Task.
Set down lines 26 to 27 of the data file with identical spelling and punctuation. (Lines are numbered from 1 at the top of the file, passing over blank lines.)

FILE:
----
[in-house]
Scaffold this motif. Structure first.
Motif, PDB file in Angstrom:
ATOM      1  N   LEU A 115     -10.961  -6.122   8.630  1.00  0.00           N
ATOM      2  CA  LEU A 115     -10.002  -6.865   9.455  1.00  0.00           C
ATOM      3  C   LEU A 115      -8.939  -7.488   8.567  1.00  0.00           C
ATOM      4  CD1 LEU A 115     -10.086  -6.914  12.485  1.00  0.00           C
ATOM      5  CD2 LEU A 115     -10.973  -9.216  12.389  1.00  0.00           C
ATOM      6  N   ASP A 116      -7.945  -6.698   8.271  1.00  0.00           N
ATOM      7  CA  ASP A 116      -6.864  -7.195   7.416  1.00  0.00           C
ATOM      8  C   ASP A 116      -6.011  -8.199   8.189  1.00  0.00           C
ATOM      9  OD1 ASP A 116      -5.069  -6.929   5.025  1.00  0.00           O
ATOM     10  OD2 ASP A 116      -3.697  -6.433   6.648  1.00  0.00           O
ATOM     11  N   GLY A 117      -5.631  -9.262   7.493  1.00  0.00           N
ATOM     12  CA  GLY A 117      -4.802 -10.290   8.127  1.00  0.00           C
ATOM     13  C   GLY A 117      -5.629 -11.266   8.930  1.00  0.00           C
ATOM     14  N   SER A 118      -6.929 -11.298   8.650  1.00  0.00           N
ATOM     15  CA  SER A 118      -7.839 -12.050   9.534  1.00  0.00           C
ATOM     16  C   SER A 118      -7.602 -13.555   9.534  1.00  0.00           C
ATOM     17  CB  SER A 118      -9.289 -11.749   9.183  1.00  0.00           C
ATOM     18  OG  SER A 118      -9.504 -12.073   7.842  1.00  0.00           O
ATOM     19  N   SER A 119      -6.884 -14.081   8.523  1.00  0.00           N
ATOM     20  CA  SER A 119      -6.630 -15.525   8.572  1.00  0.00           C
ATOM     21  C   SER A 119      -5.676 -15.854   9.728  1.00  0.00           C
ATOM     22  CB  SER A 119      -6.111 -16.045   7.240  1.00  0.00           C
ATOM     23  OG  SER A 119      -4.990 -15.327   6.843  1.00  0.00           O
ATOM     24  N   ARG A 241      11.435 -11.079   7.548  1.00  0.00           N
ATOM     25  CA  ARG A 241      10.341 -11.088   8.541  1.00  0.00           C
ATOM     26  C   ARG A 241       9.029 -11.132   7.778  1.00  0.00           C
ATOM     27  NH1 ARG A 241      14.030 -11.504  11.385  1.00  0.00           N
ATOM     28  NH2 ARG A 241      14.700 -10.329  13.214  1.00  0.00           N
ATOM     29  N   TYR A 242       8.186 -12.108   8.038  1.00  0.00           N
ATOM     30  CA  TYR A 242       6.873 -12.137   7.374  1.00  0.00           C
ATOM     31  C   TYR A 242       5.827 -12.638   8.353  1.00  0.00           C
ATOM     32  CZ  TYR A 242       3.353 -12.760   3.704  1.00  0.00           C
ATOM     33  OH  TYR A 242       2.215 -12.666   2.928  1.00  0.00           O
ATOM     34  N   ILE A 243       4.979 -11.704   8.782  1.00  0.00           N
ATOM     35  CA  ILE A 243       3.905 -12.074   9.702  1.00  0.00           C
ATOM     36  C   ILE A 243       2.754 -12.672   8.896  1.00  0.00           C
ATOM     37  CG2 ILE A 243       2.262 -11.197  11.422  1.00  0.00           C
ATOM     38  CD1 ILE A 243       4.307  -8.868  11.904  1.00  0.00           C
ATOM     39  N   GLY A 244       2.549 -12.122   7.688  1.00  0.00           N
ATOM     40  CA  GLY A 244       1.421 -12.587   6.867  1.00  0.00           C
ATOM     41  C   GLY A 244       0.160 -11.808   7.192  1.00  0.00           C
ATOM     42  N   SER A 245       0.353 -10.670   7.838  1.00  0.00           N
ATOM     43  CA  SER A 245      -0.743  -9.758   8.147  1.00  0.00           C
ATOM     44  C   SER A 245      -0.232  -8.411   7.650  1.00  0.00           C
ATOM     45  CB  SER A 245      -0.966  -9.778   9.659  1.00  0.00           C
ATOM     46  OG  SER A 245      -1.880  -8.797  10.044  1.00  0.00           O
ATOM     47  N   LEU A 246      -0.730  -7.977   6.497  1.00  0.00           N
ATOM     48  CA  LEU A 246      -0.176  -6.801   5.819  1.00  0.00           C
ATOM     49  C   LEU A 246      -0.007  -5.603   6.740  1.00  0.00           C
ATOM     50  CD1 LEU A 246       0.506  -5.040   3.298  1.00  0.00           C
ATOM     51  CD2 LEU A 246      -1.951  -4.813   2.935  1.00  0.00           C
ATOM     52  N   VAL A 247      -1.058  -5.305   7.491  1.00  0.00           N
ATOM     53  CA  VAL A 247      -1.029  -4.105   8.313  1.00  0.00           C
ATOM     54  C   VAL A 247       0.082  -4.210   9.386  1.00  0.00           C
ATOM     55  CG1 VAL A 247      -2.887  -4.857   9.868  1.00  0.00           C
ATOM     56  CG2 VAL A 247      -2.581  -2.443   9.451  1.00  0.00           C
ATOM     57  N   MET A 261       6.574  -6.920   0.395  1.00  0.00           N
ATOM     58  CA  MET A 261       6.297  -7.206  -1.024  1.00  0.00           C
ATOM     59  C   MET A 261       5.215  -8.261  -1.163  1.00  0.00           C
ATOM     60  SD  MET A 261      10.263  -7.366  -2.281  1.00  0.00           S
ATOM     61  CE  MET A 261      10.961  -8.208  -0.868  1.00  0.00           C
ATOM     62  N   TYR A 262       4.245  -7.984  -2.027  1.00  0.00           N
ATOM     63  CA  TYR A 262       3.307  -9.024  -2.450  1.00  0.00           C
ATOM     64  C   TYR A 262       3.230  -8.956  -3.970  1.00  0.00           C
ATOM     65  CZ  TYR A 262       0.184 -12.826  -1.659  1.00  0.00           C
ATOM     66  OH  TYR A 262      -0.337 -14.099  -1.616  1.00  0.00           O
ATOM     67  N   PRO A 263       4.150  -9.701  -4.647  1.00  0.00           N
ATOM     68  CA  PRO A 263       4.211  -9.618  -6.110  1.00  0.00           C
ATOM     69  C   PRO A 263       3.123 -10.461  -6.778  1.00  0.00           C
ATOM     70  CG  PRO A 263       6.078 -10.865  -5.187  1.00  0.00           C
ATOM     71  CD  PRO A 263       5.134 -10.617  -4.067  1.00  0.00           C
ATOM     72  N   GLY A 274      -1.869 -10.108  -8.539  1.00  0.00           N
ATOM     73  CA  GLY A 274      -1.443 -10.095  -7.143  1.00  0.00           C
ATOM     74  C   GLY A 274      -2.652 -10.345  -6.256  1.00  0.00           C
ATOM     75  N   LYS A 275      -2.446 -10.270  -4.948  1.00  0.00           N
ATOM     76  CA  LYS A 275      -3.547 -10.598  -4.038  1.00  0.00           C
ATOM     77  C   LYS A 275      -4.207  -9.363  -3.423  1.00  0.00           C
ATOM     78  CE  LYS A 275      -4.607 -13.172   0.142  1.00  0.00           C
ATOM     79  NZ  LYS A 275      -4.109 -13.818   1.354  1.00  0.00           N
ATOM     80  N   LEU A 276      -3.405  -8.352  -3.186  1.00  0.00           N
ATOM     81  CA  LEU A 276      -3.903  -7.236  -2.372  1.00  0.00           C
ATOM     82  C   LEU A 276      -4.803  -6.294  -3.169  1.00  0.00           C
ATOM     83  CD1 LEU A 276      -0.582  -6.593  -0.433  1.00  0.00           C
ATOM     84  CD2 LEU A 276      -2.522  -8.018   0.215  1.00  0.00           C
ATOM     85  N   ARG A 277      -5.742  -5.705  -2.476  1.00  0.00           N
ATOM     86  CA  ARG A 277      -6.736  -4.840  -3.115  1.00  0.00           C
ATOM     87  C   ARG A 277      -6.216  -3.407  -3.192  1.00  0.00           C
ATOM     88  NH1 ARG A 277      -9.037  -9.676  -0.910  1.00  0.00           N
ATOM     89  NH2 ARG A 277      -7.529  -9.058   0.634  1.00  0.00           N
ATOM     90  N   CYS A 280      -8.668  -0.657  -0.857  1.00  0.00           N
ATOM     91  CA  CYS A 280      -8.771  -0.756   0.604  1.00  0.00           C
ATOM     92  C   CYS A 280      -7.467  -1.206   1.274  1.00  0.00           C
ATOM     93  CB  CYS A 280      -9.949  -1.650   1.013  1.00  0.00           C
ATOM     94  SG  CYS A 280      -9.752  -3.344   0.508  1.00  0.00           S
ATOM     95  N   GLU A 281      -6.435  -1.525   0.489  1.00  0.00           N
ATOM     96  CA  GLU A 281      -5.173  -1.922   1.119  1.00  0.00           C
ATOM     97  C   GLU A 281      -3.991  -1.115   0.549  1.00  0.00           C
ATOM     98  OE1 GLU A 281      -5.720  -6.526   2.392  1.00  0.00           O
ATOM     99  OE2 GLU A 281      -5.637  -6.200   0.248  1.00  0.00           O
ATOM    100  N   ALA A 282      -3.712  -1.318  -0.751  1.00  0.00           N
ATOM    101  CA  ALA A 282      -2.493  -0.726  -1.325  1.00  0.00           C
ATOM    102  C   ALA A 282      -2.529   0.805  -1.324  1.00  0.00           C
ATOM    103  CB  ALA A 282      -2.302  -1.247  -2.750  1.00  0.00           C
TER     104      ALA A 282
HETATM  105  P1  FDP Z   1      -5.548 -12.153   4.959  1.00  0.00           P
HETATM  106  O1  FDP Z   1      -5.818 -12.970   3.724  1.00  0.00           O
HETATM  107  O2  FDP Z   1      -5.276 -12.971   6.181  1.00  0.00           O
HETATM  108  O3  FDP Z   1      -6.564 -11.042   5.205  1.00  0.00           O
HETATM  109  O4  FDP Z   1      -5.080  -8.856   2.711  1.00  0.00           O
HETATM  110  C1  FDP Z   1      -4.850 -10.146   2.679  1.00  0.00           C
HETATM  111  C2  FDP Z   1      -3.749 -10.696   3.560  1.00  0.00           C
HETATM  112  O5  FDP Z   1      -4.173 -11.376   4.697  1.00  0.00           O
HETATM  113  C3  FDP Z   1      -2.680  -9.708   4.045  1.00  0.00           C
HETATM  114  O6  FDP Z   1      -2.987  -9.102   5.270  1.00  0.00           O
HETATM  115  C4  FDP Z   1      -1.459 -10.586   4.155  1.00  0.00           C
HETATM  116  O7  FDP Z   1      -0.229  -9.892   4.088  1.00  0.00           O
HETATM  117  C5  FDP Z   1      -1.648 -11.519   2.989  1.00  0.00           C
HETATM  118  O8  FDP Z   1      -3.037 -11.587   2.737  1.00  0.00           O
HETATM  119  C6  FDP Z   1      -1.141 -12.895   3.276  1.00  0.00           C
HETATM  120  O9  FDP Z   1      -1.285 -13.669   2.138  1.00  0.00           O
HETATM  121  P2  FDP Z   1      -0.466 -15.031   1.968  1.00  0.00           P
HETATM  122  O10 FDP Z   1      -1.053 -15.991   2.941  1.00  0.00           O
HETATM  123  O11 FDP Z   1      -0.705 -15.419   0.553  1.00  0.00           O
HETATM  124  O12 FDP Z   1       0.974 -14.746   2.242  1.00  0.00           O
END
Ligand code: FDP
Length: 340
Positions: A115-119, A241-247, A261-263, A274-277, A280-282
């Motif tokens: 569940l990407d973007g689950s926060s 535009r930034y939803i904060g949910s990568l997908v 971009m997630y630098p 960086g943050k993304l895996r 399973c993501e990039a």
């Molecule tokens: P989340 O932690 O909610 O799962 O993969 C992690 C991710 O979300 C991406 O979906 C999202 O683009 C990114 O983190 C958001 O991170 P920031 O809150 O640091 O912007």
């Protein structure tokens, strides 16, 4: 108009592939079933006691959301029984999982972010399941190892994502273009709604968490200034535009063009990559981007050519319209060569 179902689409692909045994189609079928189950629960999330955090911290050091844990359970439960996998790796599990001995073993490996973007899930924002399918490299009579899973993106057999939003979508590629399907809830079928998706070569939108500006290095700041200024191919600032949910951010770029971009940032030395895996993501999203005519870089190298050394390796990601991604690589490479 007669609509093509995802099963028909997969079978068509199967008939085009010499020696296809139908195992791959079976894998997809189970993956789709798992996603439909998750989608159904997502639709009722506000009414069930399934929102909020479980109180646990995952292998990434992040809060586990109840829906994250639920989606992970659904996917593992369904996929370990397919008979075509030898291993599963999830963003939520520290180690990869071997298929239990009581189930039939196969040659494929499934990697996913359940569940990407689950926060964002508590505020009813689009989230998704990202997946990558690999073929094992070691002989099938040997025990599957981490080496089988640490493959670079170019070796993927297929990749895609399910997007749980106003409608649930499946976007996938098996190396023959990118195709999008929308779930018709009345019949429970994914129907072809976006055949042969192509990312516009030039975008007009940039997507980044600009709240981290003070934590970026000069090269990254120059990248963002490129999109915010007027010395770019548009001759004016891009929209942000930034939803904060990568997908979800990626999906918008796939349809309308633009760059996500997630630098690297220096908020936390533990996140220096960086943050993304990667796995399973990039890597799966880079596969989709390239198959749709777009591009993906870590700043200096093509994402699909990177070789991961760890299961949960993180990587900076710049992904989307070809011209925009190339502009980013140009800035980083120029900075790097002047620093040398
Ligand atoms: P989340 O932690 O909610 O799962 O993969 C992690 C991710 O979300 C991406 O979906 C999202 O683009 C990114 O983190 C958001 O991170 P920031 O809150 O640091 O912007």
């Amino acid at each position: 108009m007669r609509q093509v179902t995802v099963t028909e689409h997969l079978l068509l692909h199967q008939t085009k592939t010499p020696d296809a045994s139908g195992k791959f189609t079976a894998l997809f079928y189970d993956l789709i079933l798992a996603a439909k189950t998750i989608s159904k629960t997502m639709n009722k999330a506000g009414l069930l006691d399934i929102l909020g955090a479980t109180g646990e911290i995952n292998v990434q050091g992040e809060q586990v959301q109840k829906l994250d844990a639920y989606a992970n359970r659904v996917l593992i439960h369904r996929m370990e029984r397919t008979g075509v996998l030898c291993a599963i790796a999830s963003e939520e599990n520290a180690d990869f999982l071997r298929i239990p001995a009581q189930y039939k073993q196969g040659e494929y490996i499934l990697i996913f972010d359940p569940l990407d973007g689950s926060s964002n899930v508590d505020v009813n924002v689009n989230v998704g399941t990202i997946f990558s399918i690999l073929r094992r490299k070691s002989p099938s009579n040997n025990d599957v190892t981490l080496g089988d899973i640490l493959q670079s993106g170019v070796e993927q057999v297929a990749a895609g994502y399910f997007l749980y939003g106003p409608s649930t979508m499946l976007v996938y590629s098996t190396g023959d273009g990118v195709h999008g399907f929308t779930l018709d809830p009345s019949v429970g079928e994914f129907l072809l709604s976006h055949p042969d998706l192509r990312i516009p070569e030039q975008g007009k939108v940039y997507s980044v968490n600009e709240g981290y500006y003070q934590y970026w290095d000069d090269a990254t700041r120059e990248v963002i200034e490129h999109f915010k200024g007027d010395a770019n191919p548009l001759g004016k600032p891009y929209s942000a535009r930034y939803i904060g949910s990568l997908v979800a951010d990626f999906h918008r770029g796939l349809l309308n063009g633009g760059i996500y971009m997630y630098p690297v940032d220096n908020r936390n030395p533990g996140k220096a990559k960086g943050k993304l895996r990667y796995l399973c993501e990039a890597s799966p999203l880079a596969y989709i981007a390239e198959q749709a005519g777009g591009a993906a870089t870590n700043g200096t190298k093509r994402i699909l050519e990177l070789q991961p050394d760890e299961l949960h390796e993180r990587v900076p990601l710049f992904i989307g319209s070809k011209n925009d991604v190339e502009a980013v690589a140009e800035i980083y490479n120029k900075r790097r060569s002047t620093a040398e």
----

ATOM     23  OG  SER A 119      -4.990 -15.327   6.843  1.00  0.00           O
ATOM     24  N   ARG A 241      11.435 -11.079   7.548  1.00  0.00           N